Maternal control and sensitivity, child gender, and maternal education in relation to children's behavioral outcomes in African American families

Catherine S. Tamis-LeMonda, Rahil D. Briggs, Sandra G. McClowry, David L. Snow

Research output: Contribution to journalArticle

92 Scopus citations


This study examined relationships between mother-child interactions and children's behaviors in 119 urban African American mothers and their 6-7 year old children. Interactions during a cooking task and a follow-up child clean-up task were videotaped. Principal components analyses of behaviors during the cooking task yielded two factors in mothers (Sensitivity and Control), and three in children (Task Involvement, Responsiveness, and Communicative). Children's negativity during a clean up task was coded and mothers were interviewed about their children's problem behaviors. Parenting sensitivity was associated with positive child behaviors and parenting control was associated with negative child behaviors. Maternal education was associated with greater maternal sensitivity and less control. Child gender predicted their task involvement, responsiveness, communicativeness, negativity during clean-up, and behavior problems; maternal control and sensitivity mediated some of these relations. Findings underscore heterogeneity of African American parenting and factors that promote positive parenting and children's behavioral adjustment in early childhood.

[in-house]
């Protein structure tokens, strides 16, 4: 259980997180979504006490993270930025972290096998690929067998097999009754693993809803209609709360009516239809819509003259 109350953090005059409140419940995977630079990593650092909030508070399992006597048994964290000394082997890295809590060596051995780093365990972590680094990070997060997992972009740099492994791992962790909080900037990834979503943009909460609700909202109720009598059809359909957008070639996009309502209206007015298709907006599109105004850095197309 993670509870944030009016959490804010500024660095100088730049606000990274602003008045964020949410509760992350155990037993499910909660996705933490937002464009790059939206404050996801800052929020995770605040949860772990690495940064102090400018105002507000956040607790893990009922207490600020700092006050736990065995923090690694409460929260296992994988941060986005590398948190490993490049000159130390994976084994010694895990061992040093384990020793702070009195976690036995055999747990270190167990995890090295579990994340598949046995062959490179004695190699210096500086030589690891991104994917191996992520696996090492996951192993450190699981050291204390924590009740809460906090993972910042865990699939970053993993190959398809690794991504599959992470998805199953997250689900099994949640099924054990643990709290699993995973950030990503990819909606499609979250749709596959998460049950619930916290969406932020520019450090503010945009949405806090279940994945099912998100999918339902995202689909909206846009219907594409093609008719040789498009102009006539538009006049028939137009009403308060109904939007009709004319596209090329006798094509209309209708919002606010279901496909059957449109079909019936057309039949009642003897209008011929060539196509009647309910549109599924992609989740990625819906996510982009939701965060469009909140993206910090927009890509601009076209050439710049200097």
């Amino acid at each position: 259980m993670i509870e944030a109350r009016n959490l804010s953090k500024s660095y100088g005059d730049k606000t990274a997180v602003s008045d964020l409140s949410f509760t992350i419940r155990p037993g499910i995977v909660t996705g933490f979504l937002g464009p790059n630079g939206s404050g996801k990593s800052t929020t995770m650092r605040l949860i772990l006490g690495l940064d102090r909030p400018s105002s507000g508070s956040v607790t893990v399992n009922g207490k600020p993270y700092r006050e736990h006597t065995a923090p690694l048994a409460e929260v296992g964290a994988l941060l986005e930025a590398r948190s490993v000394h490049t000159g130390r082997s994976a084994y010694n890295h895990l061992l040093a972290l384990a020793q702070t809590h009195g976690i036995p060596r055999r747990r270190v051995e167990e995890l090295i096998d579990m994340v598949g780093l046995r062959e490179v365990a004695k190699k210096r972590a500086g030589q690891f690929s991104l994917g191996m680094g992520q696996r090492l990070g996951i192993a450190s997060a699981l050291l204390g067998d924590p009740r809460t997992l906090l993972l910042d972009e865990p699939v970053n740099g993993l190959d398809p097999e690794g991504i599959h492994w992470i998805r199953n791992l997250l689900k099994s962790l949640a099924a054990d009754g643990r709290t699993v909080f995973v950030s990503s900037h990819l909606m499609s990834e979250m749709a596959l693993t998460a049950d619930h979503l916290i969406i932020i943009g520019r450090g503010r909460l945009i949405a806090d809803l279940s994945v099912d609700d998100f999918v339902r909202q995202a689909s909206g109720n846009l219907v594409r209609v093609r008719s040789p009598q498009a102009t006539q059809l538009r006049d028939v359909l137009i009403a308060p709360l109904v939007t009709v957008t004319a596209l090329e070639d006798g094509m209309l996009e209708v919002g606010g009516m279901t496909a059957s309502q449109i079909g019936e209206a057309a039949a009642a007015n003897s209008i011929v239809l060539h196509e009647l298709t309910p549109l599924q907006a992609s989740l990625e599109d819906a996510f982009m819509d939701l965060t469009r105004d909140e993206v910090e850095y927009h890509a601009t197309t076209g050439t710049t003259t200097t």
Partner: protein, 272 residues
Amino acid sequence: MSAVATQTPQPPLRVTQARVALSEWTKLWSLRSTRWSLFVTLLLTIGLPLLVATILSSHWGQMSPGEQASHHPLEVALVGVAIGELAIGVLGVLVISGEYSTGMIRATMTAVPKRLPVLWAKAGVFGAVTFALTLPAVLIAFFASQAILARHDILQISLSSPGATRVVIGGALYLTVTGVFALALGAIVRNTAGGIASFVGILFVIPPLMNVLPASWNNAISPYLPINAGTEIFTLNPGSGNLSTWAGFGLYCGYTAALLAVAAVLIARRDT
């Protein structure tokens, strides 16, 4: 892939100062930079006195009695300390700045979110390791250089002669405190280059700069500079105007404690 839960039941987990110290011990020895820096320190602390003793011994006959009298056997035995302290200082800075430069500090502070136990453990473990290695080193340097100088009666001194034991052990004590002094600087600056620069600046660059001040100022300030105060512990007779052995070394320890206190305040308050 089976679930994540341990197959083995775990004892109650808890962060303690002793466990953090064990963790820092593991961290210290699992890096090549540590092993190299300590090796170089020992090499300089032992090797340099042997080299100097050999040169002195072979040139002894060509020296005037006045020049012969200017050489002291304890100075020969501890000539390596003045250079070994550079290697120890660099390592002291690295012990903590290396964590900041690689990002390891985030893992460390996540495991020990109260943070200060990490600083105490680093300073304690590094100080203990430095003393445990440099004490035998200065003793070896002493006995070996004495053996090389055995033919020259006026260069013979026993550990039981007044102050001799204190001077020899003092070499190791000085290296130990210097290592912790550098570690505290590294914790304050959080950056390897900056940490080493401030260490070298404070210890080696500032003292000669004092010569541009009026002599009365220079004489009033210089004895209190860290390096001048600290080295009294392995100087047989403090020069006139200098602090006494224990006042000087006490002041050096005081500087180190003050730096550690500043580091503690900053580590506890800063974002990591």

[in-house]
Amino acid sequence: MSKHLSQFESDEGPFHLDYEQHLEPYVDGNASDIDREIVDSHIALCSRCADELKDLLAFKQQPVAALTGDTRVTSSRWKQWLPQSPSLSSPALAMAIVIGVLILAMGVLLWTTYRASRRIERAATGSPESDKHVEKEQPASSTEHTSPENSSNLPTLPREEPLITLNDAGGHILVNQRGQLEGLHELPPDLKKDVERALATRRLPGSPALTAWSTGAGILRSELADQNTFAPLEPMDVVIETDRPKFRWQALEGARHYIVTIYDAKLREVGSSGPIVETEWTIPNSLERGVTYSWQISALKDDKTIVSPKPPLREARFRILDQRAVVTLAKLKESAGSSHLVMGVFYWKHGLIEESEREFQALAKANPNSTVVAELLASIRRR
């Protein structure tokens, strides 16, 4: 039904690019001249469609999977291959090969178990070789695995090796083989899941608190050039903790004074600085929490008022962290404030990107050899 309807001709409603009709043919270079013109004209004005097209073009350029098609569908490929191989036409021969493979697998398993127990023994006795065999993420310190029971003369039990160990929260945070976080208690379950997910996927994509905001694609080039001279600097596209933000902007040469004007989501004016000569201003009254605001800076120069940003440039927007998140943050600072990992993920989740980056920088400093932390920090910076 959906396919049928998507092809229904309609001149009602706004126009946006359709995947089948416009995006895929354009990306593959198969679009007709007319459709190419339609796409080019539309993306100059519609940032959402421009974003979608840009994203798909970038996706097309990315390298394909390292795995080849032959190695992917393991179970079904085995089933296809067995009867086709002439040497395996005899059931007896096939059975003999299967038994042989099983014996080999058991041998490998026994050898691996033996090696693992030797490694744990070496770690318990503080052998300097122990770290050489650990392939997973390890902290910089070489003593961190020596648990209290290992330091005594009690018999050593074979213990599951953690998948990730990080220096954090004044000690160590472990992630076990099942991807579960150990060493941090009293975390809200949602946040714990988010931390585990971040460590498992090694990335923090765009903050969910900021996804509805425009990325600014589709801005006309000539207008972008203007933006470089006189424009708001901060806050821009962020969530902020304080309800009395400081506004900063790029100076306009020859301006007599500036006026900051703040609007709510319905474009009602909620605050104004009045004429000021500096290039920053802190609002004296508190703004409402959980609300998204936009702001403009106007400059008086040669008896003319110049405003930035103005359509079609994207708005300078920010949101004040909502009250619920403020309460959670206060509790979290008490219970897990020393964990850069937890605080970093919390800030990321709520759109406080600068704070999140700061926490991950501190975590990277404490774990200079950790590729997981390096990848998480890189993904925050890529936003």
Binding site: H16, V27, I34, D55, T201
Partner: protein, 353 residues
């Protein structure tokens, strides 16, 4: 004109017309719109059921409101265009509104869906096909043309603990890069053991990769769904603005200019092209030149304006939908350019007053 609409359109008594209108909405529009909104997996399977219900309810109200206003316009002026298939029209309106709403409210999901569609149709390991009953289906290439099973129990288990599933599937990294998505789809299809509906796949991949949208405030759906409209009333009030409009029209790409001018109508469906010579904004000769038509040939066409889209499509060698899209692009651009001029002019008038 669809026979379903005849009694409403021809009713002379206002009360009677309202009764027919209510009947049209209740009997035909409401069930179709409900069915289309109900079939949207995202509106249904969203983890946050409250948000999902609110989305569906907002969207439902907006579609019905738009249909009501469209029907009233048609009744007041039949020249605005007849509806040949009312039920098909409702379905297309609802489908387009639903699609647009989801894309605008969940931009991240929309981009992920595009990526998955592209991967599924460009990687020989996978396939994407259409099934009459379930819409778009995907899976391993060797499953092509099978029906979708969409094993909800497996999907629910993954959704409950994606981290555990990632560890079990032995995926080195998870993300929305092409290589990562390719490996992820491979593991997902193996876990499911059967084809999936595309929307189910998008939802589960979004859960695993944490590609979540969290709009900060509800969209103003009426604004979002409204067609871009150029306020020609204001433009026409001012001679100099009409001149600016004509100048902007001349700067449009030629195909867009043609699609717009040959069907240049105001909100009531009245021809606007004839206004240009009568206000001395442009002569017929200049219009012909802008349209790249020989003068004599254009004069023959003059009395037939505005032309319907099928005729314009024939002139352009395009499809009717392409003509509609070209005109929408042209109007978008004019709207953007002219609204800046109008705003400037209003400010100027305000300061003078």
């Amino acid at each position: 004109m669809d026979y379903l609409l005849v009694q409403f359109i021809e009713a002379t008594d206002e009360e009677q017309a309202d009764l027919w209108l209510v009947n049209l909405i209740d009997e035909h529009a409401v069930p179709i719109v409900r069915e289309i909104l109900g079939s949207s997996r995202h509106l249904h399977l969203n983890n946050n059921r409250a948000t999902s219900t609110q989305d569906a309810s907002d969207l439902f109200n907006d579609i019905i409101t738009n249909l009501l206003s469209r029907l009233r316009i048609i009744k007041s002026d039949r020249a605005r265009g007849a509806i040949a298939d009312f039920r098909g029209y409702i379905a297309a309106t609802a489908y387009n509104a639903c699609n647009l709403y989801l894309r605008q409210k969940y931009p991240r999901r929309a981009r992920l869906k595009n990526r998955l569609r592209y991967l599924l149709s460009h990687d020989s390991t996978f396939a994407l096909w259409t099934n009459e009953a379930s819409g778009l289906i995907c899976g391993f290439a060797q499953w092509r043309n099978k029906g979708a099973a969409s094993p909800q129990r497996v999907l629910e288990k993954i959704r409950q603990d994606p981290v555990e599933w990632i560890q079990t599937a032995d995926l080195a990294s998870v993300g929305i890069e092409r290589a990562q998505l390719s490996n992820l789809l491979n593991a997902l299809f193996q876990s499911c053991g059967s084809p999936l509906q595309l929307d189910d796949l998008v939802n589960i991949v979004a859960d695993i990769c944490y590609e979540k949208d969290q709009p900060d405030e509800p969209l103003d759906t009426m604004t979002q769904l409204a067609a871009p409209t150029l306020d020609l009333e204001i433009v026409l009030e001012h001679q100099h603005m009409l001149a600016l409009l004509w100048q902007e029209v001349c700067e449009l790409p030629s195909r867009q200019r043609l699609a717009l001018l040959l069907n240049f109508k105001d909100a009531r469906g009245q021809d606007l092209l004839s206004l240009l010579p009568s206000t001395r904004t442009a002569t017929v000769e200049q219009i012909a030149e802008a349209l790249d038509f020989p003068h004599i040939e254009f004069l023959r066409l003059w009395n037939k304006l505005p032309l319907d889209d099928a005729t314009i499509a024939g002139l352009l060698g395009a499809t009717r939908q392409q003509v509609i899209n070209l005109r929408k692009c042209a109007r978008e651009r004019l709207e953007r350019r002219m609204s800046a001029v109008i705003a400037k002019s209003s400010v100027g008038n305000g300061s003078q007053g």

Original languageEnglish (US)
Pages (from-to)321-331
Number of pages11
JournalJournal of Applied Developmental Psychology
Issue number3
Publication statusPublished - May 1 2009



  • African American mothers
  • Gender differences
  • Maternal education
  • Mother-child observations
  • Parenting control
  • Parenting sensitivity

ASJC Scopus subject areas

  • Developmental and Educational Psychology

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